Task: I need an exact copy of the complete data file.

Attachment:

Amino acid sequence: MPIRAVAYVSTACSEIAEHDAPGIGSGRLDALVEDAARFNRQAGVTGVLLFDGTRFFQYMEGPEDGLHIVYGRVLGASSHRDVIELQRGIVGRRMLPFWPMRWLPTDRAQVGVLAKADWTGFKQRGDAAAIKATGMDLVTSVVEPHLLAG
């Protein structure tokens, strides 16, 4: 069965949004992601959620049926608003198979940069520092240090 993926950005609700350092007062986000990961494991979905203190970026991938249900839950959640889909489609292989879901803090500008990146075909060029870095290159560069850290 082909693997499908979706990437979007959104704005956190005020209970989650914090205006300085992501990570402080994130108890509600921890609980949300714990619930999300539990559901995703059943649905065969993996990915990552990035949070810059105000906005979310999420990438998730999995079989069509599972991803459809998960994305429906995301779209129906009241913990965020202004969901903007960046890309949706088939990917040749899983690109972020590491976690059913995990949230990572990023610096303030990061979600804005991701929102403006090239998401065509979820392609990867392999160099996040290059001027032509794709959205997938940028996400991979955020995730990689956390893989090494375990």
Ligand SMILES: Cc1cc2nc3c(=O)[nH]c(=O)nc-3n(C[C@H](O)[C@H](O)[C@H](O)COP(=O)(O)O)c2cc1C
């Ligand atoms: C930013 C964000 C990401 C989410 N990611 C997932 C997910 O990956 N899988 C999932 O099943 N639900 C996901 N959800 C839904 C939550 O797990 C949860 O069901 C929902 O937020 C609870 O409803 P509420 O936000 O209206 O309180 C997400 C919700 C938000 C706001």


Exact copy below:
Amino acid sequence: MPIRAVAYVSTACSEIAEHDAPGIGSGRLDALVEDAARFNRQAGVTGVLLFDGTRFFQYMEGPEDGLHIVYGRVLGASSHRDVIELQRGIVGRRMLPFWPMRWLPTDRAQVGVLAKADWTGFKQRGDAAAIKATGMDLVTSVVEPHLLAG
């Protein structure tokens, strides 16, 4: 069965949004992601959620049926608003198979940069520092240090 993926950005609700350092007062986000990961494991979905203190970026991938249900839950959640889909489609292989879901803090500008990146075909060029870095290159560069850290 082909693997499908979706990437979007959104704005956190005020209970989650914090205006300085992501990570402080994130108890509600921890609980949300714990619930999300539990559901995703059943649905065969993996990915990552990035949070810059105000906005979310999420990438998730999995079989069509599972991803459809998960994305429906995301779209129906009241913990965020202004969901903007960046890309949706088939990917040749899983690109972020590491976690059913995990949230990572990023610096303030990061979600804005991701929102403006090239998401065509979820392609990867392999160099996040290059001027032509794709959205997938940028996400991979955020995730990689956390893989090494375990």
Ligand SMILES: Cc1cc2nc3c(=O)[nH]c(=O)nc-3n(C[C@H](O)[C@H](O)[C@H](O)COP(=O)(O)O)c2cc1C
């Ligand atoms: C930013 C964000 C990401 C989410 N990611 C997932 C997910 O990956 N899988 C999932 O099943 N639900 C996901 N959800 C839904 C939550 O797990 C949860 O069901 C929902 O937020 C609870 O409803 P509420 O936000 O209206 O309180 C997400 C919700 C938000 C706001």